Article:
KINGSTON, Jamaica, CMC – The Ministry of Health says it is prepared to accept or evaluate products derived from the marijuana plant for research and medicinal purposes, and determine where scientific evidence validates their benefits and effectiveness in treating specific conditions.
Chief Medical Officer, Dr. Jacqueline Bisasor-McKenzie, speaking at a Jamaica Information Service (JIS) Think Tank forum, said the Ministry is prepared to accept or evaluate products that are administered in a particular form.
She said these include tinctures, vaping, sublingual drops, topical solutions and capsules made from extracts, adding that the Ministry regulates the compounds made from cannabis extracts.
“We are responsible for the safety, consistency and effectiveness of the products that we register,” said the Chief Medical Officer, adding that the products’ therapeutic authenticity are validated through studies that are carefully reviewed by the Ministry.
Products must be administered by medical prossionals
She said that while Ministry also monitors distribution and sale of the products by registered authorities, these products must be administered by a medical professional.
“The prescription or recommendation of these items are by medical professionals who would have been educated about the products and their indications in the same way as any other drug on the market” she said, adding it is imperative, as the industry is highly specialized and requires adherence to specific standards to produce a drug for medicinal use.
In her presentation, Dr. Bisasor-McKenzie alluded to the Report of the CARICOM Regional Commission on Marijuana 2018, which states that access to medical marijuana should be facilitated for qualifying conditions in which there is clear evidence of its therapeutic benefits and for debilitating life-threatening conditions that are intractable to treatment, and where there is evidence of possible benefits.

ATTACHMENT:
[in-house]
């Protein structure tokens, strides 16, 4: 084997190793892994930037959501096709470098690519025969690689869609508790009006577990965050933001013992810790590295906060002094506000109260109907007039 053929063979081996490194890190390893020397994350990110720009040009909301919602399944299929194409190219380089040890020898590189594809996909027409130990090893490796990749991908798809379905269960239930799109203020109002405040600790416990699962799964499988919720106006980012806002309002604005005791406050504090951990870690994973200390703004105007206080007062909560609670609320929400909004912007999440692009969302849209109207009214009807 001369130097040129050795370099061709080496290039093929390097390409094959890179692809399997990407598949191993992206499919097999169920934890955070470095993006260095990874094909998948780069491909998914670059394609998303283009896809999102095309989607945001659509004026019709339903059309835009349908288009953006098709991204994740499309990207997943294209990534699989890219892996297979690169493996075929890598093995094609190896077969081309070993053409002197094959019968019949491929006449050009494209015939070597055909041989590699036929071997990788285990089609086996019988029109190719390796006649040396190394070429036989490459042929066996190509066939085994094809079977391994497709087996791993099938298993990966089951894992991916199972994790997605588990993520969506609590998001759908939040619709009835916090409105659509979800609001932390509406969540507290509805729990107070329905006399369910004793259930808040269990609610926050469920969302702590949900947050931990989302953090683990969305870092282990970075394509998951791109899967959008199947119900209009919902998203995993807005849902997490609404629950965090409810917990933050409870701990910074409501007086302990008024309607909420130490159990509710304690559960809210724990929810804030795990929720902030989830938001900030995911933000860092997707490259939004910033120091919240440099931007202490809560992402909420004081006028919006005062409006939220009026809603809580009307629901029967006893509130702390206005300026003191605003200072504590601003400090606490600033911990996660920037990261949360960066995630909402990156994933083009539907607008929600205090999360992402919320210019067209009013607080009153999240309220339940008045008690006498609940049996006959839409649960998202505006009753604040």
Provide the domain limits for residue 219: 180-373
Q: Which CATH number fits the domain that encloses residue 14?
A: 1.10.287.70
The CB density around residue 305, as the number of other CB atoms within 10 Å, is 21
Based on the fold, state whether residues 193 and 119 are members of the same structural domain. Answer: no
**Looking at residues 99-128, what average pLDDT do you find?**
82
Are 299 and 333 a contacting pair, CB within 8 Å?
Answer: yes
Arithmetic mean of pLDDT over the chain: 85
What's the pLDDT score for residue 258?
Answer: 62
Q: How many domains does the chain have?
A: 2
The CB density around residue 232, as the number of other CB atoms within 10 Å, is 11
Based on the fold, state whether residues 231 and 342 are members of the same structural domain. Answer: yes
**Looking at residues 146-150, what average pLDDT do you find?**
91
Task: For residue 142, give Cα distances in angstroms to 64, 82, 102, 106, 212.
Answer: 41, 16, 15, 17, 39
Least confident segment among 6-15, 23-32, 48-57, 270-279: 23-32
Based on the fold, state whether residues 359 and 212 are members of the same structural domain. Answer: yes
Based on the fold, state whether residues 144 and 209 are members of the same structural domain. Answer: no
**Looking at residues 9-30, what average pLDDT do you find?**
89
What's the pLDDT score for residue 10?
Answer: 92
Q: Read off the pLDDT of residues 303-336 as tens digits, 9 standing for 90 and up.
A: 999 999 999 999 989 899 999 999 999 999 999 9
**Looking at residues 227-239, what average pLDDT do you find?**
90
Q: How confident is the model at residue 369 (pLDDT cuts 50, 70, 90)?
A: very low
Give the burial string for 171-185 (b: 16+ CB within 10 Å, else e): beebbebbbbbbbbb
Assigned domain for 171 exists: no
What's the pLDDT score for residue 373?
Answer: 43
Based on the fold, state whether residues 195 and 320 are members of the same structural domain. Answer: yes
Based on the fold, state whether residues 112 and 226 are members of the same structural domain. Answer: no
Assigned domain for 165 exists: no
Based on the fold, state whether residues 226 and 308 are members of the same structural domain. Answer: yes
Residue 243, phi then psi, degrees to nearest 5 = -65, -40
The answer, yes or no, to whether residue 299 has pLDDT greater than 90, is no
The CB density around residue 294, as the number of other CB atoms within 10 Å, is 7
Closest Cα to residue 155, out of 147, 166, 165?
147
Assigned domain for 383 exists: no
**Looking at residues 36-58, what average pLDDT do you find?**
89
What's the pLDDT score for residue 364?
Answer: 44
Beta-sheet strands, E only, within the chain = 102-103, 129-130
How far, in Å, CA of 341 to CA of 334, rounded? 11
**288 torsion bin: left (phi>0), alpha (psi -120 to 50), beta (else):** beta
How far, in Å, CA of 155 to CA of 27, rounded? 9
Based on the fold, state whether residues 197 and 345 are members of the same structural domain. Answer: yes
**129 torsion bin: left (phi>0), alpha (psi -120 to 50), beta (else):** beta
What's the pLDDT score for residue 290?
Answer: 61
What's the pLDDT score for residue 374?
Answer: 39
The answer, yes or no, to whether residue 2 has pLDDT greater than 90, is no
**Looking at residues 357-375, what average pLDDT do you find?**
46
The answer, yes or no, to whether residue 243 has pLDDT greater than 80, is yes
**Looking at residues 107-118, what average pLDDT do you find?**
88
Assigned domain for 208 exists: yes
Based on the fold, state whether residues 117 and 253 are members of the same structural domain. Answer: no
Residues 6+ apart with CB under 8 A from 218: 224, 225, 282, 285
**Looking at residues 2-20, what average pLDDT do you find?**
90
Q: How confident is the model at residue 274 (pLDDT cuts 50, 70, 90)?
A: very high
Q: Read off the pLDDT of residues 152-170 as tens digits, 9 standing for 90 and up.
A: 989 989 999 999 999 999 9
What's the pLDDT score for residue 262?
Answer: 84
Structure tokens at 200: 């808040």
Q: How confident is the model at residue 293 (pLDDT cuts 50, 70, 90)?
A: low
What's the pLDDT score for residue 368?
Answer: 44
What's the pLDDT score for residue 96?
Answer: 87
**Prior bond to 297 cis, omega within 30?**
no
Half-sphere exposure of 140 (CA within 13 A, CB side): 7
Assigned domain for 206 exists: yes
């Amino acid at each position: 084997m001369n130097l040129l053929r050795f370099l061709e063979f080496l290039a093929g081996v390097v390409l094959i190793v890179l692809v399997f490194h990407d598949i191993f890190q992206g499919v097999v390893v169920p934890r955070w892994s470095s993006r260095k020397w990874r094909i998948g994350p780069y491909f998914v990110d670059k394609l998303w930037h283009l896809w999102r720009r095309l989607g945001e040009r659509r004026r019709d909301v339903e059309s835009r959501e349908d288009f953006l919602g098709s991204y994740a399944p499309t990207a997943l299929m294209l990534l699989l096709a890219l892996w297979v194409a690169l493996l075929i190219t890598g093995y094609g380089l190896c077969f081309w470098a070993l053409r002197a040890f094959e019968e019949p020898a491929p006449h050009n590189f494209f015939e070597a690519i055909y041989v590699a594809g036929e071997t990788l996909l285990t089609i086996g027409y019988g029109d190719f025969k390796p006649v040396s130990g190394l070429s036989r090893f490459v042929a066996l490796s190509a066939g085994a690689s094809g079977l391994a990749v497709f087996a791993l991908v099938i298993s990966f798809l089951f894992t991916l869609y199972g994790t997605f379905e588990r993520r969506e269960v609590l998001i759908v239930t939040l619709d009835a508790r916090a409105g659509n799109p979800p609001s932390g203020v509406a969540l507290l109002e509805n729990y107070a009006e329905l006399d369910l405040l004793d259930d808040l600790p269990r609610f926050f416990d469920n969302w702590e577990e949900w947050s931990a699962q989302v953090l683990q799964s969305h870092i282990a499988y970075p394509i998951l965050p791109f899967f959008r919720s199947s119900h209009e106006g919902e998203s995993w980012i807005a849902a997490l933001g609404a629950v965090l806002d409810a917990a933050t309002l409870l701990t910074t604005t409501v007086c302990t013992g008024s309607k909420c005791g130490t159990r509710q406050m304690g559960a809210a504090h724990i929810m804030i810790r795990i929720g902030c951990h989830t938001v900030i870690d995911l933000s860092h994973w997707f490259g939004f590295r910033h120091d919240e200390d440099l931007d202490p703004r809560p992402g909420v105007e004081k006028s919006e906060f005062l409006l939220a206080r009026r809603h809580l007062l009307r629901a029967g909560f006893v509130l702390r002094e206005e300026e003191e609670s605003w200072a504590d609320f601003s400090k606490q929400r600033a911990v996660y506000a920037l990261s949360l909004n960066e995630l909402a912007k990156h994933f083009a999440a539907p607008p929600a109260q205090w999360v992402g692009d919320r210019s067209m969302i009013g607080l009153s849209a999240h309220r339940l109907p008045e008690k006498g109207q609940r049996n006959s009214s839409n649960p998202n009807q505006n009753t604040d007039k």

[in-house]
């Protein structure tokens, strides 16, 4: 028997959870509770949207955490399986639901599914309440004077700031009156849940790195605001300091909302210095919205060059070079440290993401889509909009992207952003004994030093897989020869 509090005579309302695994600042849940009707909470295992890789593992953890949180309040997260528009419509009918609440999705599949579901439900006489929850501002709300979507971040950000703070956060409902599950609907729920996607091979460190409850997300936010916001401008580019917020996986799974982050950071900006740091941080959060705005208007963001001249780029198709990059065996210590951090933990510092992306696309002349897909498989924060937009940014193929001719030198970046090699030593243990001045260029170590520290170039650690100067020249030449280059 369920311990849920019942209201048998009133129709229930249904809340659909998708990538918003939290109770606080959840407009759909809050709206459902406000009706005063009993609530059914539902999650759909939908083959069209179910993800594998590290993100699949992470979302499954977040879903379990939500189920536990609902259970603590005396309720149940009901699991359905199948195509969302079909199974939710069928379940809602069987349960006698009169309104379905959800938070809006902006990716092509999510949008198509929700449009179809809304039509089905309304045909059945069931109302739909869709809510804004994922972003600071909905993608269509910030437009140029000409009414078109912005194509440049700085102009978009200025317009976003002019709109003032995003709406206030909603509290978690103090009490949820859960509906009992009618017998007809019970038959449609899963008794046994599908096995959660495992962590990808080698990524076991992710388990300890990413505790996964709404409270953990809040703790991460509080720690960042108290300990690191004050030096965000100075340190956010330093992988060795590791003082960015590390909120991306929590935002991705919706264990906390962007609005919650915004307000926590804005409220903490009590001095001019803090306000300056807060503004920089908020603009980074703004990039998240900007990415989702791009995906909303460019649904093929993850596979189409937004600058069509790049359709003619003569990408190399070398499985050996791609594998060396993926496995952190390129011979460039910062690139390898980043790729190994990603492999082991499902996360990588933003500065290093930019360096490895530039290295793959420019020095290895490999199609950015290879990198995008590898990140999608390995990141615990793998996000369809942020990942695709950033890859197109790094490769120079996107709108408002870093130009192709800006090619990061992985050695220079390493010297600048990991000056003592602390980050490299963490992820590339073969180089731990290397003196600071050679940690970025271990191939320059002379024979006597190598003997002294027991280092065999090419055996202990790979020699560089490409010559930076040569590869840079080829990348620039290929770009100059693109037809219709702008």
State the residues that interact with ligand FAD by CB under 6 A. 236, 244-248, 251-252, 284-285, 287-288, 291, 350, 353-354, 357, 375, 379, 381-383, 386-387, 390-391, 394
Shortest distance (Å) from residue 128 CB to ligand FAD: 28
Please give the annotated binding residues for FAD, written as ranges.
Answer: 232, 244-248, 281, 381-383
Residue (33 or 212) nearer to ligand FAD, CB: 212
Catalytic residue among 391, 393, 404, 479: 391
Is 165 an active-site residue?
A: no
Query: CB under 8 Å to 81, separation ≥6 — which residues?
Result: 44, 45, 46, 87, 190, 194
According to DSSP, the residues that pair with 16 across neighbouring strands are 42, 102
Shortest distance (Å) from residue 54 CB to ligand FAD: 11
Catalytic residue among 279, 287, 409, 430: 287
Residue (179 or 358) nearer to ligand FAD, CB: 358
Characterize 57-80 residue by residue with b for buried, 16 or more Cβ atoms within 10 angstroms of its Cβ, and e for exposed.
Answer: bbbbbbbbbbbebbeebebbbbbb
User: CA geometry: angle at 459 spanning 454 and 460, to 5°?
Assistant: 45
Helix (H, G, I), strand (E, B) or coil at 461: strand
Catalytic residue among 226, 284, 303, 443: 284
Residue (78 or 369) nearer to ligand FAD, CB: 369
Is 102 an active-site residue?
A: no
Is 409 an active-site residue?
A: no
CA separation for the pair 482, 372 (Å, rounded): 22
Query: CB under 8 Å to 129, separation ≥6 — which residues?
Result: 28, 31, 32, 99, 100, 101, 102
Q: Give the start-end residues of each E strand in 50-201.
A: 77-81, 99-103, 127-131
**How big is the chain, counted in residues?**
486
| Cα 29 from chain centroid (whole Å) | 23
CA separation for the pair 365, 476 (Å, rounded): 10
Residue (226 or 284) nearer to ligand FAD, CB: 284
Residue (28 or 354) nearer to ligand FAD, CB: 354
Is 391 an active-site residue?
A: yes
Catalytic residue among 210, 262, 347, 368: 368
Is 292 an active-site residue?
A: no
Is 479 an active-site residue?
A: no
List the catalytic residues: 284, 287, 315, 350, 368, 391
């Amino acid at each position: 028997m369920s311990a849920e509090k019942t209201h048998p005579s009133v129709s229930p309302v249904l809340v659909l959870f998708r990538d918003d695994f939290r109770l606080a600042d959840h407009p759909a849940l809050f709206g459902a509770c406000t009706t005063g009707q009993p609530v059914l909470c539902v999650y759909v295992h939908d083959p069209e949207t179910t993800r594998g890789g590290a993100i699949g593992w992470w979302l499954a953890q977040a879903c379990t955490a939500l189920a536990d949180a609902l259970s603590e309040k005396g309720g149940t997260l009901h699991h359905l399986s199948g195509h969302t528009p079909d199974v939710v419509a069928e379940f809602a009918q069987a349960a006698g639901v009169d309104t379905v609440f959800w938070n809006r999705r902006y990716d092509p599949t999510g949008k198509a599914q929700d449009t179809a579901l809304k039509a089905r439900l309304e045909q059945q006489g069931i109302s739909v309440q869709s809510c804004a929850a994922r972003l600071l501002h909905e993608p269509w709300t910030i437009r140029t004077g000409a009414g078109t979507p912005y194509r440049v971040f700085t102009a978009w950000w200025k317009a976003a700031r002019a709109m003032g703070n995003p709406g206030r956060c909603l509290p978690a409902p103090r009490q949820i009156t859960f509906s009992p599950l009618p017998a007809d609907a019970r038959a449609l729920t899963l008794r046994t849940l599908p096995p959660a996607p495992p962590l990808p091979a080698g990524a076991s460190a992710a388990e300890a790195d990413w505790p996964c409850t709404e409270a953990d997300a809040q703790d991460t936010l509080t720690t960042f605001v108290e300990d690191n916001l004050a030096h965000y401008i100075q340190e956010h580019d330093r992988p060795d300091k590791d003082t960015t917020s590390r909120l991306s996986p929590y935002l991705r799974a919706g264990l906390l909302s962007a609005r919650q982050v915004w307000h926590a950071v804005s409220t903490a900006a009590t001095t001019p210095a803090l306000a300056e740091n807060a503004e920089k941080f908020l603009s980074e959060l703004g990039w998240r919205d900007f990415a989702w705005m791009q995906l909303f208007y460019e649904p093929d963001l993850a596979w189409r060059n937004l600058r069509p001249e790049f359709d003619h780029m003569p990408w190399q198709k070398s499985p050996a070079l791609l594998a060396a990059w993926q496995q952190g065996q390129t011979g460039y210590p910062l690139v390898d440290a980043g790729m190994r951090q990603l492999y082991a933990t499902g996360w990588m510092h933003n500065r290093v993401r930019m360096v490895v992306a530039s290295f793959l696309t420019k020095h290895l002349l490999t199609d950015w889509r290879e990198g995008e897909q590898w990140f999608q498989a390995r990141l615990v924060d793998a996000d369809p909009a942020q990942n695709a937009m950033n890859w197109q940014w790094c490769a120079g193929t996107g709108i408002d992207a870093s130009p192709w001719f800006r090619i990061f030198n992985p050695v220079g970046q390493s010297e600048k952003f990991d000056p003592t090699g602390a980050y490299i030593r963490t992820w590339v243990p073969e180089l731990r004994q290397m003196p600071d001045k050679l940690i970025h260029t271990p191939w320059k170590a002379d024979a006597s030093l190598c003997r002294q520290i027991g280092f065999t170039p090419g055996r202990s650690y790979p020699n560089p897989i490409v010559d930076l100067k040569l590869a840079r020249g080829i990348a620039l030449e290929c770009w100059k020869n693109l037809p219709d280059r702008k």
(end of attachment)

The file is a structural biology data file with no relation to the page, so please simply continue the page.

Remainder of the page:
“These include patients on chemotherapy with nausea and vomiting, glaucoma, asthma, anorexia and weight loss in AIDS, cancers, anorexia nervosa, chronic and neuropathic pain, multiple sclerosis, sleep disorders and some neuropsychiatric disorders” she outlined.
User must be medically certified
The Chief Medical officer said it is also important to note that the amendments to the Dangerous Drug Act, facilitating the use of medicinal marijuana, states that the user must be certified by a registered medical practitioner as suffering from cancer or any other terminal or serious chronic illness, and that the medicinal or therapeutic product is recommended by that registered medical practitioner.
Several Caribbean countries are examining the possibility of decriminalizing small portions of marijuana for medicinal purposes.